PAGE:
Synthlab is coming soon


#1

Hello everybody.

I have launched a project in recent months, because I felt some things missing in Reaktor and I also wanted to learn something about modular software synthesis. This turned out very well. Not to mention that JUCE helped a lot!

I do not know yet, whether I put the whole under the GPL, or distribute commercially. I will make a decision in the coming weeks, depending on the public interest.

The whole thing is written in C ++ with the JUCE framework.

Currently the base is almost finished and pretty stable. I have built both a standalone version and an AU plugin. The Windows version will follow soon, here I have to put in a lot of work …

I currently have a good dozen modules that can be used to build simple synths and effects, and I can also load in external plugins (Reaktor for example, lol) as a module.

The actual work, namely the implementation of the remaining modules is now before me.

Long story short, here are some screenshots from the current state. Sound examples will follow.

Comments are welcome at any time.

Updates will follow frequently.


#2

Looks quite interesting! Are you going for something like Max/MSP?


#3

GPL and commercial distribution are not exclusive. You can license the source code under GPL and sell the built binary (you can also sell the source code, but I don’t think anybody would pay for it if it’s already available under GPL :smile:).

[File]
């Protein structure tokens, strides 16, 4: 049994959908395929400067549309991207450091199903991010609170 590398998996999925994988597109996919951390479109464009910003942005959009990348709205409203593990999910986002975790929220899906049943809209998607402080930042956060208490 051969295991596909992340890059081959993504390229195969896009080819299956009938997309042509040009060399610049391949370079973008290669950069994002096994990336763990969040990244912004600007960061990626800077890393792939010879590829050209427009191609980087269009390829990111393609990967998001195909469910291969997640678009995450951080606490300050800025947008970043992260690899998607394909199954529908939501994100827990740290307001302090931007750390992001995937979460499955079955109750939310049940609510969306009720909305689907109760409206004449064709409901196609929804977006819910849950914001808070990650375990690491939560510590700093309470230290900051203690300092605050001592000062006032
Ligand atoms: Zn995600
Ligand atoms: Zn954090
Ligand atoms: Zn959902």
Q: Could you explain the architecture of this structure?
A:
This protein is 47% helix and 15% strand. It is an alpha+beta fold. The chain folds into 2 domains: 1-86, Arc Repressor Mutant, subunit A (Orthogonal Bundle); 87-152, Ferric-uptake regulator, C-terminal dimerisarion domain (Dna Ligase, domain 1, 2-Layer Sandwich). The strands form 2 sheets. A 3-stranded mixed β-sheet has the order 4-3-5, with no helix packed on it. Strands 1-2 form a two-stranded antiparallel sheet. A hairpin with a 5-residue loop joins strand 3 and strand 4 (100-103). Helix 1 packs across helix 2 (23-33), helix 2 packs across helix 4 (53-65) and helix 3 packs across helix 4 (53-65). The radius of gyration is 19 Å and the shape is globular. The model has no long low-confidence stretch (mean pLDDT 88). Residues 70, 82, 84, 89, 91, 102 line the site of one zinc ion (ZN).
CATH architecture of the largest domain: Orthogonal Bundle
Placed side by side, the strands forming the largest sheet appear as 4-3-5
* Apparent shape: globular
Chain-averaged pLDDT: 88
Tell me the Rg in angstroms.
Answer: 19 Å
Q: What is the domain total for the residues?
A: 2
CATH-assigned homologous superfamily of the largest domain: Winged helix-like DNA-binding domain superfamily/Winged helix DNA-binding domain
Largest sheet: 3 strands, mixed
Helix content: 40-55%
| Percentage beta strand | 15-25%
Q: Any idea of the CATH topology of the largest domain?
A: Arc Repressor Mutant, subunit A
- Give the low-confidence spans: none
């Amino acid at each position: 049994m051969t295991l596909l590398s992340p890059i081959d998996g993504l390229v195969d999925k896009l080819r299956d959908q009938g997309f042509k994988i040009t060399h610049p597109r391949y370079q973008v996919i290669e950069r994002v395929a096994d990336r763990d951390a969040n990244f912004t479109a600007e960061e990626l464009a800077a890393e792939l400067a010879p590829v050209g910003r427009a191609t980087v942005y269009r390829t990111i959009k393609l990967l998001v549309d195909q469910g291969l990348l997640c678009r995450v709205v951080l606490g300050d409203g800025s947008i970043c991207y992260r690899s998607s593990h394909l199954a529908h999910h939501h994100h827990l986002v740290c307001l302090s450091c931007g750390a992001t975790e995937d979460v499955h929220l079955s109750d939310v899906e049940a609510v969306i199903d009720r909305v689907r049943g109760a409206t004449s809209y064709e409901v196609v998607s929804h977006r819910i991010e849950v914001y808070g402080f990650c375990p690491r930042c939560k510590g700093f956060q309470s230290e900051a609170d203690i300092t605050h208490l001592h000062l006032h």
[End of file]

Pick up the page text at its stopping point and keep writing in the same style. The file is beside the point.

#4

Before the star goes down here again:

The source code is now available on GitHub at https://github.com/mpue/Synthlab

It’s no top notch code, since I am no C++ guru. But It works pretty good and is a good base, IMHO.

Those who are interested should check out the IOS Branch, which is up to date and works for all platforms, I just have not found the time to merge on the master.

Have fun! I am always happy to answer any questions!


#5

I’ve been working with a lot of non-audio programmers who want to make iOS music apps.

We’ve figured out that the easiest way to do that is let them make a Pure Data patch to function as their audio backend (audio in C++ is out of the picture, these are beginners with only 1 or 2 CS classes behind them). That patch can be imported to Swift/Objective-C via LibPD (and some JUCE glue and extra Pd patches to make things easier for them). Max/MSP would be great, but it’s too inflexible/proprietary.

UI elements can then be mapped to Pd [send] and [receive] objects and, with very little effort, non-audio programmers can easily make an audio app or audio plugin. Because Pure Data is open source, there were no licensing headaches or roadblocks to get up and running.

I’m not sure if you’ve ever thought of using SynthLab as a basic audio engine in this kind of way, but there would definitely be a demand for it if you do. I could imagine creating a couple synths in SynthLab and then be able to import them as the audio backend for a project without needing to dive deep into JUCE or c++ audio. Since this is all JUCE, that would be relatively simple to do (though not a trivial amount of work!).

You could do a twin GPL/Paid license and non programmers could easily create audio apps or plugins. Just a shower thought.